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$1 million bail for raping 69-year-old woman

Woman dragged to paddy field in unconscious state and raped repeatedly. (SHUTTERSTOCK)

By Agencies

A high-risk sex offender who fled Canada for Seattle was being held on $1 million bail after authorities charged him with raping a 69-year-old woman.

According to documents filed in King County Superior Court, 49-year-old Michael Stanley had previously done yard work at the victim's home.

He showed up on Friday night seeking additional work. She told him she didn't have any, but investigators said he sneaked back into the home and attacked her.

He was charged with first-degree burglary and second-degree rape, and faces at least 15-to-20 years if convicted, said Dan Donohoe, a spokesman for the King County Prosecutor's Office.

Stanley, formerly of Edmonton, made news reports in 2013 when he cut off an electronic-monitoring bracelet and crossed the U.S. border. He's a U.S. citizen, and American authorities said they had no reason to arrest him. Canada decided not to ask for his extradition, and he registered in Seattle as a sex offender.

Stanley ran into trouble soon after arriving in Seattle in fall 2013. He was arrested on misdemeanor charges of harassment and resisting arrest after he threatened someone who asked him to be quiet. He was sentenced to seven months in jail.

He has a criminal record in Canada that dates back 27 years — to the home invasion rape of an elderly woman in Edmonton in 1988. Before he fled, he had most recently served 32 months for luring two mentally challenged boys into an apartment, lighting a crack pipe, blowing smoke in their faces and then sexually assaulting them.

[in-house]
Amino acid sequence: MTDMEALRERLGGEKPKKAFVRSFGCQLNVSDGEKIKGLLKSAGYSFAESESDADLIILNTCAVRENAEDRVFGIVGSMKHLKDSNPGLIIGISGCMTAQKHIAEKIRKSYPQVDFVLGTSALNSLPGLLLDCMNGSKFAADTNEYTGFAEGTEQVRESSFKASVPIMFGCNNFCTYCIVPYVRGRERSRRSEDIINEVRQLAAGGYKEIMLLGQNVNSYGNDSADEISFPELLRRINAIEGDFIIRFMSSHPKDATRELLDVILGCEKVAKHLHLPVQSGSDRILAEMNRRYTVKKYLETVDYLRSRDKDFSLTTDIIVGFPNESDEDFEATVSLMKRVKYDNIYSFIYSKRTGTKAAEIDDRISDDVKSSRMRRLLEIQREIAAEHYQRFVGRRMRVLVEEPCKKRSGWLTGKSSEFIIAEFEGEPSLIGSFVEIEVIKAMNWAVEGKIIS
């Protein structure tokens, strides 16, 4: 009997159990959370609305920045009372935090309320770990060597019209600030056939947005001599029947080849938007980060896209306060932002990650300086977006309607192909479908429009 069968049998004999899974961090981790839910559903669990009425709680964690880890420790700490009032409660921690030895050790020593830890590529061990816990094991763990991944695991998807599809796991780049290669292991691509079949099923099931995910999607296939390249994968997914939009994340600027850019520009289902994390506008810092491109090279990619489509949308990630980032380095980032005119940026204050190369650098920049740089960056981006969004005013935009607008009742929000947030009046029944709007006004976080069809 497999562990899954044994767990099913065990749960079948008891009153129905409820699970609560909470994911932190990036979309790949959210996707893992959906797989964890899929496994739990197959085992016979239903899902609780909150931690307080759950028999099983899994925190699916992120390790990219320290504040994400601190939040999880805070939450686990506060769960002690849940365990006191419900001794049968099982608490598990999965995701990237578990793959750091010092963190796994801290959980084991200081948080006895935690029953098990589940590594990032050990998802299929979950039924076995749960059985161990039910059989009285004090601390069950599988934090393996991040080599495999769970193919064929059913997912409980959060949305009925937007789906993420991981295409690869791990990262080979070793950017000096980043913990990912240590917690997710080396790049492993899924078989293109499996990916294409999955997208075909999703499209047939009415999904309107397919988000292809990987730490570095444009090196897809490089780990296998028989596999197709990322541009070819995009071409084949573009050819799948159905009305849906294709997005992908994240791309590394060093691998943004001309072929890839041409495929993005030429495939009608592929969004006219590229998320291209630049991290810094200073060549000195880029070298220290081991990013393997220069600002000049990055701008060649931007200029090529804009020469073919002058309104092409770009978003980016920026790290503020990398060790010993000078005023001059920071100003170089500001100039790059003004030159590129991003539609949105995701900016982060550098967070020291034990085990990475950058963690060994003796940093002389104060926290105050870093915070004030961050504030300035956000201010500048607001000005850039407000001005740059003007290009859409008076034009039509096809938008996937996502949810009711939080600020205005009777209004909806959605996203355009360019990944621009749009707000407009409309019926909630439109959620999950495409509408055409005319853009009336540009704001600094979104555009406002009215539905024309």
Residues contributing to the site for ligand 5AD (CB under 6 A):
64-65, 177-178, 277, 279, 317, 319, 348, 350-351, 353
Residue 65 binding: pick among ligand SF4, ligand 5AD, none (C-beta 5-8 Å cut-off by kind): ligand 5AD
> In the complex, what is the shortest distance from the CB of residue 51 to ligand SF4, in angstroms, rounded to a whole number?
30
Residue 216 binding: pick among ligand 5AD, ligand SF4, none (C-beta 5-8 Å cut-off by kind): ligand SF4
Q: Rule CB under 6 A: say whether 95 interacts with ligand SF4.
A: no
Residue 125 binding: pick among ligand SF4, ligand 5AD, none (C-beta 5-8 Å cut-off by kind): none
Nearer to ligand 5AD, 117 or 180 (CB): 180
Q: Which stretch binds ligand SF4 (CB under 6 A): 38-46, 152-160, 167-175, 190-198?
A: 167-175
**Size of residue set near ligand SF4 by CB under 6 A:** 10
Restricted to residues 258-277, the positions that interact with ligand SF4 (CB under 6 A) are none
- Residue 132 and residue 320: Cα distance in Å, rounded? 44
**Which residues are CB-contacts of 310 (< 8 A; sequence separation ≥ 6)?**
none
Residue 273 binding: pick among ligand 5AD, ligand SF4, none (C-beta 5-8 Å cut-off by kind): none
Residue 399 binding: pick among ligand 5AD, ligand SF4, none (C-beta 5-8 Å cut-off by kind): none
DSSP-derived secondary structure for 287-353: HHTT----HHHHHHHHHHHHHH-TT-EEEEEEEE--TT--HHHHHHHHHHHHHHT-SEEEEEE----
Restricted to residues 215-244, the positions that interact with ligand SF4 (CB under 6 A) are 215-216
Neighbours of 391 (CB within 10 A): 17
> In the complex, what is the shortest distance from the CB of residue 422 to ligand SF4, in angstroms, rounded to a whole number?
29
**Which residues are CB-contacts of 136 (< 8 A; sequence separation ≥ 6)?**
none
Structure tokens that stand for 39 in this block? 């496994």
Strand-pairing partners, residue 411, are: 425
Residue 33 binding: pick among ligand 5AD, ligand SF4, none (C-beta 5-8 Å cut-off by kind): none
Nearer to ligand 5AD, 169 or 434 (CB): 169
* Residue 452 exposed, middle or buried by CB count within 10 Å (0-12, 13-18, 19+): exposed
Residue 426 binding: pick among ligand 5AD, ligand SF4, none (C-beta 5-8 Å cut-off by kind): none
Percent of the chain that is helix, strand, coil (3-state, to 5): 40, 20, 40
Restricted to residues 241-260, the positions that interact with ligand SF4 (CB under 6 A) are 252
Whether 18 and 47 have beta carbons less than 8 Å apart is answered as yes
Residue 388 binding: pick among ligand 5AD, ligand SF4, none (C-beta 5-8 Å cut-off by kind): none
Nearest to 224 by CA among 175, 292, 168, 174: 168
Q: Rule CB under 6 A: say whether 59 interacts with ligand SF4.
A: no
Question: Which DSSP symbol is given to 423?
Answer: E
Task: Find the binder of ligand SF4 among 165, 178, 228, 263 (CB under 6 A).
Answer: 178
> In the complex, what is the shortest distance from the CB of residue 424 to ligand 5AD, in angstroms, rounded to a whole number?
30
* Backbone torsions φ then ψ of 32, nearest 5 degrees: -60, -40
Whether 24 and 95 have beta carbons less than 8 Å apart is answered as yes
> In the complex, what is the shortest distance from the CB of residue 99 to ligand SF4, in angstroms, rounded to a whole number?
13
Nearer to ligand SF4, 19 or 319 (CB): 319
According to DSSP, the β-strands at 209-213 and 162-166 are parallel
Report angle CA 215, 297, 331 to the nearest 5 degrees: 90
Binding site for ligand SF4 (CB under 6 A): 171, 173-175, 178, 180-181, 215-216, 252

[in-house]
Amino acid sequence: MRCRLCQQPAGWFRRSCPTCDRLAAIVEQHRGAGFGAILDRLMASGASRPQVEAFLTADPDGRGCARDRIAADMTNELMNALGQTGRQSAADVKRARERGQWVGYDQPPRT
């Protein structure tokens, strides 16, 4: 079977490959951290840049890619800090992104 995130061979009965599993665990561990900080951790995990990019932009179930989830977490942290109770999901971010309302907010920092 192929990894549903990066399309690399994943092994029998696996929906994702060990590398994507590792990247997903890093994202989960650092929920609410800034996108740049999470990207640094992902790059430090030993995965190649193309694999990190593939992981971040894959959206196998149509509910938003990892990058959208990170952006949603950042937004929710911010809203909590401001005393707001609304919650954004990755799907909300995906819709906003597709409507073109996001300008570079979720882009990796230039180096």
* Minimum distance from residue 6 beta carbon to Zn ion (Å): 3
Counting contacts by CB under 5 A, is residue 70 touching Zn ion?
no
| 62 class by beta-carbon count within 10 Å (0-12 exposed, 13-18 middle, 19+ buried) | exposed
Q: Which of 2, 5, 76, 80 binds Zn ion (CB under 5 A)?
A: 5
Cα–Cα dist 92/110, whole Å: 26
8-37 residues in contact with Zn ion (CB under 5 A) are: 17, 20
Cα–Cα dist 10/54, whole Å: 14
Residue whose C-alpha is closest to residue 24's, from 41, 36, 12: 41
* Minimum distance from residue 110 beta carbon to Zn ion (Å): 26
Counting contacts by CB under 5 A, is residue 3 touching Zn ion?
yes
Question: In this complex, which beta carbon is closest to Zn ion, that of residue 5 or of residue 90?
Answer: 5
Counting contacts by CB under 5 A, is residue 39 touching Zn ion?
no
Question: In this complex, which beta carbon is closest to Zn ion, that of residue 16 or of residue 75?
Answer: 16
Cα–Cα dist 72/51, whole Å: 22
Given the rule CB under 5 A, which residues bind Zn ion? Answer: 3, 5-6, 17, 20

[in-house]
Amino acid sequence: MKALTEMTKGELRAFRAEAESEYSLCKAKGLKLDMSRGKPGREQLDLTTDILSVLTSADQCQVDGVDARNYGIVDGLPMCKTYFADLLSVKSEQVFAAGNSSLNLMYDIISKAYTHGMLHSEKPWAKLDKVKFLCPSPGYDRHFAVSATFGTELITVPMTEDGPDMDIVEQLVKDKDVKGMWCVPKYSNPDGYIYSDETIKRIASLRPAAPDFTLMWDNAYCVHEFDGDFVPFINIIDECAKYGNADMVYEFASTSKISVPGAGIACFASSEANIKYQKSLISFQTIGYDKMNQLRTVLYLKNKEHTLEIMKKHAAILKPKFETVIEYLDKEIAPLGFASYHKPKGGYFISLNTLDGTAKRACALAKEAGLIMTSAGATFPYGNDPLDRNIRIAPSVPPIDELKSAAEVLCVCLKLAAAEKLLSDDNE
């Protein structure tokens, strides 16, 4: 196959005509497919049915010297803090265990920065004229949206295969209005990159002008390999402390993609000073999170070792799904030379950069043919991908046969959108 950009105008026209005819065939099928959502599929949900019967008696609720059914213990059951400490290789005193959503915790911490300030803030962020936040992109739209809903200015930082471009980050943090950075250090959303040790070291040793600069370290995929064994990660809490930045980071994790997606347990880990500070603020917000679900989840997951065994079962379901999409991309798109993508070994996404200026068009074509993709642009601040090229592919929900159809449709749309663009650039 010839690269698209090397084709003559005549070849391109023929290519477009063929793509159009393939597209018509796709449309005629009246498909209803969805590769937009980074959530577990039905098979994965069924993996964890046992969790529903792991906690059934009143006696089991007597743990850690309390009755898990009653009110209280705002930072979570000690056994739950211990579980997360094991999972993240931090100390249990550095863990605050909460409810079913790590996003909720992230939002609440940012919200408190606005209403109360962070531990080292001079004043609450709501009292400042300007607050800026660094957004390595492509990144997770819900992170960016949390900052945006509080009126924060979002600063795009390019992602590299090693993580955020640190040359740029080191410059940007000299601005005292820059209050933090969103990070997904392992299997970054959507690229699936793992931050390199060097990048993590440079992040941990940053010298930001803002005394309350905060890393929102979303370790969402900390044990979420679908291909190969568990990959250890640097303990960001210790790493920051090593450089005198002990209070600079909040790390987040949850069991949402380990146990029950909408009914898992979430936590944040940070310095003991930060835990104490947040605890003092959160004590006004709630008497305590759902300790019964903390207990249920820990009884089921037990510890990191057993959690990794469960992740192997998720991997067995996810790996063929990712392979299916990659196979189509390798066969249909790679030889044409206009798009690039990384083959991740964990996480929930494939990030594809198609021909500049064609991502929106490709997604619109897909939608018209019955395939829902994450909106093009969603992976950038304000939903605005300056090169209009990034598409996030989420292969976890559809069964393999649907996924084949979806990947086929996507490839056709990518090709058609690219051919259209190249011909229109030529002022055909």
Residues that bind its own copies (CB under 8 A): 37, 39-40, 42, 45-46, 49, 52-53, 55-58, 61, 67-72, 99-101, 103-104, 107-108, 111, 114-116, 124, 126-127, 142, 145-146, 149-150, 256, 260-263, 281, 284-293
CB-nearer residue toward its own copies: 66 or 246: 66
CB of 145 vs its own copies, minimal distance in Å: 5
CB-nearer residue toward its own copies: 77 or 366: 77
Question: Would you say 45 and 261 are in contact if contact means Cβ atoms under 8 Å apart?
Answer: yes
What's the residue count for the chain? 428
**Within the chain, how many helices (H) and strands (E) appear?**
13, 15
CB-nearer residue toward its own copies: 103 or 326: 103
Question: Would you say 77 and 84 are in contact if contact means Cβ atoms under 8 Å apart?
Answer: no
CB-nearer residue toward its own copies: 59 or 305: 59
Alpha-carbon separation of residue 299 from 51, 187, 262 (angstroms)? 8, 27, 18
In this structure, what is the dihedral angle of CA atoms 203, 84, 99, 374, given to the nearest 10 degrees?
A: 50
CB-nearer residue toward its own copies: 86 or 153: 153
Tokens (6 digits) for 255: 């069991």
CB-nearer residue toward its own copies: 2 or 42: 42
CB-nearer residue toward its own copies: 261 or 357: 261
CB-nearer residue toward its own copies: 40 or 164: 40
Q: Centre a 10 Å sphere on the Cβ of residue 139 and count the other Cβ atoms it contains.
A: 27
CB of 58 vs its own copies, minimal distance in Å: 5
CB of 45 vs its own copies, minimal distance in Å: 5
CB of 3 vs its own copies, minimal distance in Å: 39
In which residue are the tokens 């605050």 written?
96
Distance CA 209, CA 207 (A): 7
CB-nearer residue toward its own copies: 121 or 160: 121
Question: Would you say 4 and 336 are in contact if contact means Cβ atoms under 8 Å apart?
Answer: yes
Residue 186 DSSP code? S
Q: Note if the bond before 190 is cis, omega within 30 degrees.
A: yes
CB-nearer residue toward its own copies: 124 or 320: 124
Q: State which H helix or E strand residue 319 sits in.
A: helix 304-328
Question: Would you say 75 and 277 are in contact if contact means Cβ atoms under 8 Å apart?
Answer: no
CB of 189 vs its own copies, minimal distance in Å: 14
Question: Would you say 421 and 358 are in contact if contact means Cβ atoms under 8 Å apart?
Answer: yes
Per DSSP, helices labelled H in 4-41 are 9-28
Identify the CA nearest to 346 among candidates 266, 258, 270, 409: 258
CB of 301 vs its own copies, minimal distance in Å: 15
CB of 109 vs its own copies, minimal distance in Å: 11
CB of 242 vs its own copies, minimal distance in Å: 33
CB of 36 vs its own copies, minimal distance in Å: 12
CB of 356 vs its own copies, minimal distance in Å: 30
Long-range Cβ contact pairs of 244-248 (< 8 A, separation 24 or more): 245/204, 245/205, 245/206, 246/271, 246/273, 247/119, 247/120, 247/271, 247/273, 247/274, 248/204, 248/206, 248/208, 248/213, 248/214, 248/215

He was arrested Saturday morning after entering the woman's home, in the Skyway neighborhood south of Seattle, through a window, authorities said. No weapons were used, but the victim sustained what the sheriff's office described as minor injuries.

An organisation called Casa Latina confirmed Monday that it had dispatched Stanley to do yard work at the victim's house once in 2014. In a statement, Casa Latina spokeswoman Sierra Golden said the organisation was "deeply saddened and shocked" to learn of the charges.

She said it was the only instance in the group's 17-year history of dispatching workers that one had been accused of violence against a homeowner.

"However, even one incidence like this is too many and Casa Latina will be reviewing our registration and safety policies immediately," Golden said.

The attack came just six days after Stanley was released from custody on another offense: He broke into a suburban Seattle nursing home in December, and was armed with steak knives when a sheriff's deputy subdued him with a Taser, a prosecutor wrote in charging documents. He was convicted of second-degree burglary for that offense.

Stanley, who is homeless, faces arraignment on March 16, Donohoe said.